Outsourced pollution rides the trade winds home

How timely, that just as the U.N.-sponsored climate talks are going on in Durban, a new report comes out  from the Global Carbon Project informing us that global greenhouse gas emissions grew by a whopping 5.9 percent last year, the largest leap in any year since the Industrial Revolution began.

The U.S. remains the world’s second-largest greenhouse gas emitter, trailing only China.  But as we all know, China has become a factory state of the U.S. and Europe–isn’t virtually every manufactured thing you own “made in China”?

As I hear all the time from travelers to China, air quality is noticeably bad there.  Most cities seem to be in a permanent miasma of smog, sometimes approaching the sooty fog Charles Dickens used to describe as veiling London in the coal-burning 19th century.

Here in the U.S., air quality has improved since I was a kid in New York, when smog was a daily occurrence and you just learned to live with noxious blue bus fumes blown in your face on every street corner.

But apparently what we’ve done is simply outsource our pollution to China.  Let them deal with the smog over there; we’re paying for the goods they produce aren’t we?  If they can’t figure out how to manufacture cleanly, that’s not our problem.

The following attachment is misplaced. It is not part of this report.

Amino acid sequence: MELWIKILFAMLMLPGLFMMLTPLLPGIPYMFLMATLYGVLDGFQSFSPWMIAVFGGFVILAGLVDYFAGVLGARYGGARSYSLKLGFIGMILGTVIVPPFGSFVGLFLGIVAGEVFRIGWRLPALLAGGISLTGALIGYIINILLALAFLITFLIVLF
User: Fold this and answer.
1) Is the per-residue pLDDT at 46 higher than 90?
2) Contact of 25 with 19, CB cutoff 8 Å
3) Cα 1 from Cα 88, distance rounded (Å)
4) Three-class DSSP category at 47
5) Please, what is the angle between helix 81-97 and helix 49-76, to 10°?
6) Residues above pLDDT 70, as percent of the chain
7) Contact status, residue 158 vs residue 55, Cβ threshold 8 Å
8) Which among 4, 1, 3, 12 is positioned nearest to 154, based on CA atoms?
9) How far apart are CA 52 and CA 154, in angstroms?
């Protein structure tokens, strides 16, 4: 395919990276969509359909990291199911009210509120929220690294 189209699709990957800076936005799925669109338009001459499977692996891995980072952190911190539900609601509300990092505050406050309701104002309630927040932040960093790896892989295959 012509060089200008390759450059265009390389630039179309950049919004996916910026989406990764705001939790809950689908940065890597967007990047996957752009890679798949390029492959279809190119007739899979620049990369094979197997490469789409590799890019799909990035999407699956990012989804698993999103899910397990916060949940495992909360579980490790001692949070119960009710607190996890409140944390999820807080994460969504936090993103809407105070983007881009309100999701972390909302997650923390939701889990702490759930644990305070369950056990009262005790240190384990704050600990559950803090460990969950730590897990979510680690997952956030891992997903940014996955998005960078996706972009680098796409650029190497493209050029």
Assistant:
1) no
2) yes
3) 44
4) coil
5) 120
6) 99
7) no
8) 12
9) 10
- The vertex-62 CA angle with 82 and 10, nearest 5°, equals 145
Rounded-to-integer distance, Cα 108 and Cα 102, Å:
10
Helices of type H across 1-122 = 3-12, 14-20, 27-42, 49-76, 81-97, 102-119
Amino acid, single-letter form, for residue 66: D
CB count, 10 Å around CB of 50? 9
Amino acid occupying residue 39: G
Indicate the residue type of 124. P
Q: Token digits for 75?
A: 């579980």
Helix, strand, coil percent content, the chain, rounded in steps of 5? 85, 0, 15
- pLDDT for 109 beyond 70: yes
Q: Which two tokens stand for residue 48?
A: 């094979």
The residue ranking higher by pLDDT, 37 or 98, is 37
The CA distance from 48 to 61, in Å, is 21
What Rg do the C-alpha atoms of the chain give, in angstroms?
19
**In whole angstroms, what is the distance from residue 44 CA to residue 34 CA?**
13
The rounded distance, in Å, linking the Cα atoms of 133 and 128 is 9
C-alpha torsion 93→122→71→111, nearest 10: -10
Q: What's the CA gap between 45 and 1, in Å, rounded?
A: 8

So goes the smug line of American entitlement.

But welcome to the new century.

First of all, the great American credit bubble has burst, and the middle class is having trouble affording those imported manufactured goods, no matter how “cheap” they are.

Second, it’s obvious that the trade winds are blowing Chinese smog our way, in the form of global climate change that will affect us here as much as it affects them over there.

Politicians the world over continue to take a short-sighted view of both of these issues, imagining that a little re-tooling is going to get us past the bumps in the road.

The media isn’t helping matters–you will have to peer deeply into the New York Times this morning to find the small buried news story about the biggest leap in global carbon emissions on record.

People who are already living on the edge understand the stakes.  Thousands of African women farmers have been marching in Durban, along with indigenous forest defenders from around the globe.  They’ve been kept away from the politicians inside the gates by riot police.

Guess what?  All the riot police in the world cannot keep climate change havoc from our doorstep.  Here in the U.S., in China, in Africa, and all over the world.

It’s time to deal with it.

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